'      LhxJoinRel(leftKeys=[[1]], rightKeys=[[2]], joinType=[INNER])'
'        LcsRowScanRel(table=[[LOCALDB, SJ, SALES]], projection=[[0, 3]], clustered indexes=[[SYS$CLUSTERED_INDEX$SALES$CUSTOMER, ...
'          LcsIndexMergeRel(consumerSridParamId=[0], segmentLimitParamId=[0], ridLimitParamId=[1])'
'            LcsIndexSearchRel(table=[[LOCALDB, SJ, SALES]], index=[I_SALES_CUST], projection=[*], inputKeyProj=[*], ...
'              FennelSortRel(key=[[0]], discardDuplicates=[false])'
'                LhxAggRel(groupCount=[1])'
'                  FennelReshapeRel(projection=[[0]], outputRowType=[RecordType(INTEGER ID) NOT NULL])'
'                    LcsRowScanRel(table=[[LOCALDB, SJ, CUSTOMER]], projection=[[0]], clustered ...
'                      LcsIndexMergeRel(consumerSridParamId=[0], segmentLimitParamId=[0], ridLimitParamId=[2])'
'                        LcsIndexSearchRel(table=[[LOCALDB, SJ, CUSTOMER]], index=[I_CUSTOMER_CITY], projection=[*], ...
'                          FennelSortRel(key=[[0]], discardDuplicates=[false])'
'                            LhxAggRel(groupCount=[1])'
'                              LcsRowScanRel(table=[[LOCALDB, SJ, STATE]], projection=[[0]], clustered ...
'                                FennelValuesRel(tuples=[[{ '[', 'New York            ', ']', 'New York            ' }]])'
'        FennelReshapeRel(projection=[[0, 3, 0]], outputRowType=[RecordType(INTEGER NOT NULL ID, CHAR(20) CHARACTER SET "ISO-8859-1"  ...
'          LhxJoinRel(leftKeys=[[1]], rightKeys=[[0]], joinType=[INNER])'
'            LcsRowScanRel(table=[[LOCALDB, SJ, CUSTOMER]], projection=[[0, 2]], clustered ...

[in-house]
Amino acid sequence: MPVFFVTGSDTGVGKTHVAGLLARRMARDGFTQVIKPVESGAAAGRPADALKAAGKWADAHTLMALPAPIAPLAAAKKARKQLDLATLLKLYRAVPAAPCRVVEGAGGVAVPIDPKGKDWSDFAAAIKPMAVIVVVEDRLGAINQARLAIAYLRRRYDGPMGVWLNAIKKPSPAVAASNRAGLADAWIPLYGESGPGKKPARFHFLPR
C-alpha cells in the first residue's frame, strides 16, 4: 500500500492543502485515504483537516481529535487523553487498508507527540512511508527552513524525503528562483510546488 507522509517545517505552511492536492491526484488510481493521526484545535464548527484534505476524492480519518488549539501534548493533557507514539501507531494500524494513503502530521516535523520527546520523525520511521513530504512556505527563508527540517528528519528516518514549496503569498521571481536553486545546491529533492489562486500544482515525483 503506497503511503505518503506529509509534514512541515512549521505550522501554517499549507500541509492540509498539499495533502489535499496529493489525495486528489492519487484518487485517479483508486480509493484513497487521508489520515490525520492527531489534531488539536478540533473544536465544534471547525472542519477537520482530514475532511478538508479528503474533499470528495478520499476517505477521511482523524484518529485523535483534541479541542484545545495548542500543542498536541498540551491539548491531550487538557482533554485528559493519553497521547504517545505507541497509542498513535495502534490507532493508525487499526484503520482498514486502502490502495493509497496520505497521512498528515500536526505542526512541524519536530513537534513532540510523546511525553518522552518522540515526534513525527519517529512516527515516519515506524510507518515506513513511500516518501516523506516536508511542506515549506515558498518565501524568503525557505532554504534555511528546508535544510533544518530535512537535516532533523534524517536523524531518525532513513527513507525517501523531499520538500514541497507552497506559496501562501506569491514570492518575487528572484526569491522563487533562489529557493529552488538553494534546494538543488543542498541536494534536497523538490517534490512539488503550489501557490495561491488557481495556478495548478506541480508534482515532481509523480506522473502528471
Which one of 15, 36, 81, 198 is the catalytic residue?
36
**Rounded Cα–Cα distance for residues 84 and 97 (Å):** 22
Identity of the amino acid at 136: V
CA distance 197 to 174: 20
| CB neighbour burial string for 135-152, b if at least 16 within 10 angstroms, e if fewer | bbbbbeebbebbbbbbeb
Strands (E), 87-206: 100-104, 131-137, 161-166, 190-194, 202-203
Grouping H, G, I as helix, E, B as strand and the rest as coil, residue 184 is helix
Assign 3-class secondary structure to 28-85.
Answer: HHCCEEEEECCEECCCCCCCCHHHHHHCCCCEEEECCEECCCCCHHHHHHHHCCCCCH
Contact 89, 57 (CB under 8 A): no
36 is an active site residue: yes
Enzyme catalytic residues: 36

'              LcsIndexMergeRel(consumerSridParamId=[0], segmentLimitParamId=[0], ridLimitParamId=[2])'
'                LcsIndexSearchRel(table=[[LOCALDB, SJ, CUSTOMER]], index=[I_CUSTOMER_CITY], projection=[*], inputKeyProj=[*], ...
'                  FennelSortRel(key=[[0]], discardDuplicates=[false])'
'                    LhxAggRel(groupCount=[1])'
'                      LcsRowScanRel(table=[[LOCALDB, SJ, STATE]], projection=[[0]], clustered ...
'                        FennelValuesRel(tuples=[[{ '[', 'New York            ', ']', 'New York            ' }]])'
'            LcsRowScanRel(table=[[LOCALDB, SJ, STATE]], projection=[*], clustered indexes=[[SYS$CLUSTERED_INDEX$STATE$CITY, ...
'              FennelValuesRel(tuples=[[{ '[', 'New York            ', ']', 'New York            ' }]])'

For large join queries, you can use a text editor to help you identify the column number where lines begin. That's why it's useful to save the explain output in a file.

Join Input Types